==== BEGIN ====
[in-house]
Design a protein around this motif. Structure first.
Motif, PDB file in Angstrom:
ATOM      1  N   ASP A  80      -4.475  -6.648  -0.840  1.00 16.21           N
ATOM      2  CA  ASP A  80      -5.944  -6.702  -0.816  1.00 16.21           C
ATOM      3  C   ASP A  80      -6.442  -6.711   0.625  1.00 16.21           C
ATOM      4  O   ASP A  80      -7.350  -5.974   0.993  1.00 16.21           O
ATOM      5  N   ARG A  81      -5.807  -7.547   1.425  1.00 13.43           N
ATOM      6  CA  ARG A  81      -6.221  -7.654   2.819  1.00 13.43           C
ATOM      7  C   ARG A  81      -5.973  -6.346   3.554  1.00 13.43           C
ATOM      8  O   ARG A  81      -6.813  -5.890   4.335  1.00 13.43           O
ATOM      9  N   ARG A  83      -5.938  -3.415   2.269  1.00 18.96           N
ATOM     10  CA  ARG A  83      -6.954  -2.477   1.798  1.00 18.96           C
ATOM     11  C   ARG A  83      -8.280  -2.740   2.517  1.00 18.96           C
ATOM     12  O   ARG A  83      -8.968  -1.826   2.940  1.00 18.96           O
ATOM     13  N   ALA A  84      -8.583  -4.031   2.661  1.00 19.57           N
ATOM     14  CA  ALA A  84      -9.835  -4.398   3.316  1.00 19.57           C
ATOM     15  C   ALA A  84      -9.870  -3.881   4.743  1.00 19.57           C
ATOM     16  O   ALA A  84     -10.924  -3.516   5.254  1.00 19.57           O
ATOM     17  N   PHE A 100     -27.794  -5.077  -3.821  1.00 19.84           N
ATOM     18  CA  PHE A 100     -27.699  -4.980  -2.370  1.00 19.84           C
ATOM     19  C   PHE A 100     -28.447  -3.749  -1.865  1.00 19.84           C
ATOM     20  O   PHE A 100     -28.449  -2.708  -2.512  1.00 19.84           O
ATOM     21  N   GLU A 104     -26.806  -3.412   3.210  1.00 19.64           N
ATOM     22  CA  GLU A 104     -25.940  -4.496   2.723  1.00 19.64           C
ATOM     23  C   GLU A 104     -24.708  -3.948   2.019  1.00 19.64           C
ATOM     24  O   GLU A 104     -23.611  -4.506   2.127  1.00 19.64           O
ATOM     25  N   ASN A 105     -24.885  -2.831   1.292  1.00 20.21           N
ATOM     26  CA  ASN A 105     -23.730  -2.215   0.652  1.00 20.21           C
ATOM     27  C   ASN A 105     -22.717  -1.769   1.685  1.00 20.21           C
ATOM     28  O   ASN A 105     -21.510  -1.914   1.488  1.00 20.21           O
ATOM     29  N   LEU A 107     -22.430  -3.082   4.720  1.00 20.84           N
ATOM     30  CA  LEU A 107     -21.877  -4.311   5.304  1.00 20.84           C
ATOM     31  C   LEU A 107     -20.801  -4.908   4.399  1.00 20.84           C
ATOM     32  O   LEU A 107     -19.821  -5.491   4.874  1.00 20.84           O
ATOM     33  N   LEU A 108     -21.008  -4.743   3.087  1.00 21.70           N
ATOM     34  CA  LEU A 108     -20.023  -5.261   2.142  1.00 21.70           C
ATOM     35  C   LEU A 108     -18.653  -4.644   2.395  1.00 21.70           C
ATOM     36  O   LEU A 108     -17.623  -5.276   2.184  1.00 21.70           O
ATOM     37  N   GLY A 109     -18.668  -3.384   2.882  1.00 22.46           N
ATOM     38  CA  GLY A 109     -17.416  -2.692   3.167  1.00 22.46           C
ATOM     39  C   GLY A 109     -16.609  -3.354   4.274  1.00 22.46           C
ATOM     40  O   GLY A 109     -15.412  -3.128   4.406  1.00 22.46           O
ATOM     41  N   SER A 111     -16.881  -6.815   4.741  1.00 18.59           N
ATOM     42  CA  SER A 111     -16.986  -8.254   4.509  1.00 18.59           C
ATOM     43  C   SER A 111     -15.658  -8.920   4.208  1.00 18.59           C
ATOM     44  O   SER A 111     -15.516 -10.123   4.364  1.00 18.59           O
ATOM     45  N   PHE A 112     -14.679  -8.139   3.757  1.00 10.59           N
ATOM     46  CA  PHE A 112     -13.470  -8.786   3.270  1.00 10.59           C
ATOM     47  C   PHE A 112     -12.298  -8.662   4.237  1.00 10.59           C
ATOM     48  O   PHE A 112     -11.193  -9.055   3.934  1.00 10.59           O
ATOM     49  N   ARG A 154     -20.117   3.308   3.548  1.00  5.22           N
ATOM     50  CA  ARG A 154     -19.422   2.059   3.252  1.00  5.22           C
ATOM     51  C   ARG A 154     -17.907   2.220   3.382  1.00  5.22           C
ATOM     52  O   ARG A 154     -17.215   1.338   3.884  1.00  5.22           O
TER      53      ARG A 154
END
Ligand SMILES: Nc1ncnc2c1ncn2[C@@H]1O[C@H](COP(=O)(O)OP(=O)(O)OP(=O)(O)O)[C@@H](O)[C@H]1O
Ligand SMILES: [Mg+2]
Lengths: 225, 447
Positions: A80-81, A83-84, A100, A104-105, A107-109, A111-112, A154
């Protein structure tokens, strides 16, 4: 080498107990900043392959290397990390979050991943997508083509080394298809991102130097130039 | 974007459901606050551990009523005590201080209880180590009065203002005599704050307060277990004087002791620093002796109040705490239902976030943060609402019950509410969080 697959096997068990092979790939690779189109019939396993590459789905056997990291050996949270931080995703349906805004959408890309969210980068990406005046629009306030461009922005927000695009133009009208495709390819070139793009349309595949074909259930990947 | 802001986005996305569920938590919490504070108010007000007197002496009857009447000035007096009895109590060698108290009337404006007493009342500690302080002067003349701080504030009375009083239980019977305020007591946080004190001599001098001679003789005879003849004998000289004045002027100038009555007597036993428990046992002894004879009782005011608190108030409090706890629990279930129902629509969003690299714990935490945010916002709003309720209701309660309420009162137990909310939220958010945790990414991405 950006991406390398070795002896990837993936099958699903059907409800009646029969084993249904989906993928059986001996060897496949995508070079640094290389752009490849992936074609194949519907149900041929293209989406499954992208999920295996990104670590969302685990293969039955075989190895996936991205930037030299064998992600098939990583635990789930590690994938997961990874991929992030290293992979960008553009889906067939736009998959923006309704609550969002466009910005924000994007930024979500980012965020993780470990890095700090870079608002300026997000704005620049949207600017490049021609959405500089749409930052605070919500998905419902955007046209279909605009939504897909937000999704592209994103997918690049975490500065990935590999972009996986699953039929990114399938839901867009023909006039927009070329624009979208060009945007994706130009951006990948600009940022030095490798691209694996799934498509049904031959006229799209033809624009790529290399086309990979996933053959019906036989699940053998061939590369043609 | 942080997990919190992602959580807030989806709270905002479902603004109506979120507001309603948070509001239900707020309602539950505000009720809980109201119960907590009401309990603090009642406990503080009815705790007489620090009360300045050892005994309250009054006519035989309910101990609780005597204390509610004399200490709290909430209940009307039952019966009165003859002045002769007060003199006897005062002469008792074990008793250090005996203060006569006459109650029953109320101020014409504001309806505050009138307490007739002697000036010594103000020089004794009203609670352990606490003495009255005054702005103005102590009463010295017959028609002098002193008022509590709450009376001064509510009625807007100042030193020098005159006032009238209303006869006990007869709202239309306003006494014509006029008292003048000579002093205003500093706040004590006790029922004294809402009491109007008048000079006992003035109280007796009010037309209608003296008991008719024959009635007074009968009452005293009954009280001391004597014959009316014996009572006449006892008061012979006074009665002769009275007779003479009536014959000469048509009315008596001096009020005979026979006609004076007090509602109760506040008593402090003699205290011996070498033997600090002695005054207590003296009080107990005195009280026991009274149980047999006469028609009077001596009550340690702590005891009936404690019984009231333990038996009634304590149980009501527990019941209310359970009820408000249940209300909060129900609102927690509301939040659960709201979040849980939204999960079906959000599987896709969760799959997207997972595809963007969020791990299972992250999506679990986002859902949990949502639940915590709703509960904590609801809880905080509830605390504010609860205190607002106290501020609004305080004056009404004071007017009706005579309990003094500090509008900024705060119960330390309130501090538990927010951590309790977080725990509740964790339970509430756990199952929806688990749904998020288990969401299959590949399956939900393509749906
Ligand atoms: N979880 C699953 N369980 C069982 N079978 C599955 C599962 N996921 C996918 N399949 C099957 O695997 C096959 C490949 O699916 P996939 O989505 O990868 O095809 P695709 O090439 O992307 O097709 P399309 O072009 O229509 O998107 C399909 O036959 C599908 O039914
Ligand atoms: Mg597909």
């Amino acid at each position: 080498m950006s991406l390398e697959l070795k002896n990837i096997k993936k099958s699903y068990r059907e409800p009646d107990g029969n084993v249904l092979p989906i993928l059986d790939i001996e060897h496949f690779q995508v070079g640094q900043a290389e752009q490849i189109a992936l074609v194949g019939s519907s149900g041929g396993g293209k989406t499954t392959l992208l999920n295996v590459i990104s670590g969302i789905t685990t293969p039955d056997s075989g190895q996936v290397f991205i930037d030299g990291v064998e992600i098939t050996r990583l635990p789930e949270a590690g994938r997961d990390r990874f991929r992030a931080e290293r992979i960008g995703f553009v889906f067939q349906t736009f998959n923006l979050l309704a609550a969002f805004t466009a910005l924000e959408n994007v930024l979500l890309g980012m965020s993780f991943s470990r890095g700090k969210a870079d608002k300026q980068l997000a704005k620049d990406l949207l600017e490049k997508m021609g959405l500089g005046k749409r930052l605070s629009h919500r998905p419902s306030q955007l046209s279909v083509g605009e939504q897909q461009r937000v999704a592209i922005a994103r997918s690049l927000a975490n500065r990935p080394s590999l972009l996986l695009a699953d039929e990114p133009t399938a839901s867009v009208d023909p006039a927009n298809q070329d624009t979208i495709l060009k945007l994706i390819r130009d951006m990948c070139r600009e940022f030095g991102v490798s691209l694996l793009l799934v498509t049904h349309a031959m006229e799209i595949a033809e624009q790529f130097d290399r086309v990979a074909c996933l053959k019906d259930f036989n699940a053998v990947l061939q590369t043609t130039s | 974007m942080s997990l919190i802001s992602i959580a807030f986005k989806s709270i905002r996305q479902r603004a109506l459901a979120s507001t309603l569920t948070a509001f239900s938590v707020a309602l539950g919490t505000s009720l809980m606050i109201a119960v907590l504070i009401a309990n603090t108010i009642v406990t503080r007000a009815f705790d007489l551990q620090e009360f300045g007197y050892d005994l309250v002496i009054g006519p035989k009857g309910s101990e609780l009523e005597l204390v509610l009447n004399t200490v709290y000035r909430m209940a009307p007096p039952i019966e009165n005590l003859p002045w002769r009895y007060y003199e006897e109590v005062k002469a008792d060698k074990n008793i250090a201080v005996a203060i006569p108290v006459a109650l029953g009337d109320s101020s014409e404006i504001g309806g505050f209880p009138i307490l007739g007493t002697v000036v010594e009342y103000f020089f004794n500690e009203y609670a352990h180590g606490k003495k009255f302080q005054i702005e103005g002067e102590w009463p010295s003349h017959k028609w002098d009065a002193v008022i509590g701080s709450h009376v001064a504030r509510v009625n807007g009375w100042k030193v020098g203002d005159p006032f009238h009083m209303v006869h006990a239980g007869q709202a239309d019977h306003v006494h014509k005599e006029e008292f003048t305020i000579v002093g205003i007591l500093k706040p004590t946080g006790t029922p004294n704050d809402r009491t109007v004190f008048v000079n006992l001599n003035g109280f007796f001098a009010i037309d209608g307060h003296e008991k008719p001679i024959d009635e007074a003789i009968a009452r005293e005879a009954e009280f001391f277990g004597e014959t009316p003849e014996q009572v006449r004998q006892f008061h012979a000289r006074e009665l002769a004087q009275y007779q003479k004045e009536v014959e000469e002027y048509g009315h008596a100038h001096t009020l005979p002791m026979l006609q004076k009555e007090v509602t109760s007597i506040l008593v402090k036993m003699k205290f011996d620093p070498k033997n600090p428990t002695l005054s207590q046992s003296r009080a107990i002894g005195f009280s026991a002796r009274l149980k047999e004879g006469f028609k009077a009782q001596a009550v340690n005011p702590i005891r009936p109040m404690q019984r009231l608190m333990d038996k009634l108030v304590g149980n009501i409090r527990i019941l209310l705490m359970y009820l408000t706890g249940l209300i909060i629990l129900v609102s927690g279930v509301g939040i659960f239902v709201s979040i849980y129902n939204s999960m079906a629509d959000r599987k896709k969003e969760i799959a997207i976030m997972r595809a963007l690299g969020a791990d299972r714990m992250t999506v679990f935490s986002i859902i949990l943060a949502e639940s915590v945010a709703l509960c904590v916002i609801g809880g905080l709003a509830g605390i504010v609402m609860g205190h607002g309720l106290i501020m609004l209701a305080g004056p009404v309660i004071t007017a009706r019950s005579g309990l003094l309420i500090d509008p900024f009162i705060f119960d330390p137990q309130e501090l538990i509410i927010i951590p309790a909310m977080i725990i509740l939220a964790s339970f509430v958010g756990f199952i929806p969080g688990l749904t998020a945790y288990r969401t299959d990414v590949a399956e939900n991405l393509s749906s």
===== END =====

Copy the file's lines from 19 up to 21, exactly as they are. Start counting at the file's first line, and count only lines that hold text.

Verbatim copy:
ATOM     16  O   ALA A  84     -10.924  -3.516   5.254  1.00 19.57           O
ATOM     17  N   PHE A 100     -27.794  -5.077  -3.821  1.00 19.84           N
ATOM     18  CA  PHE A 100     -27.699  -4.980  -2.370  1.00 19.84           C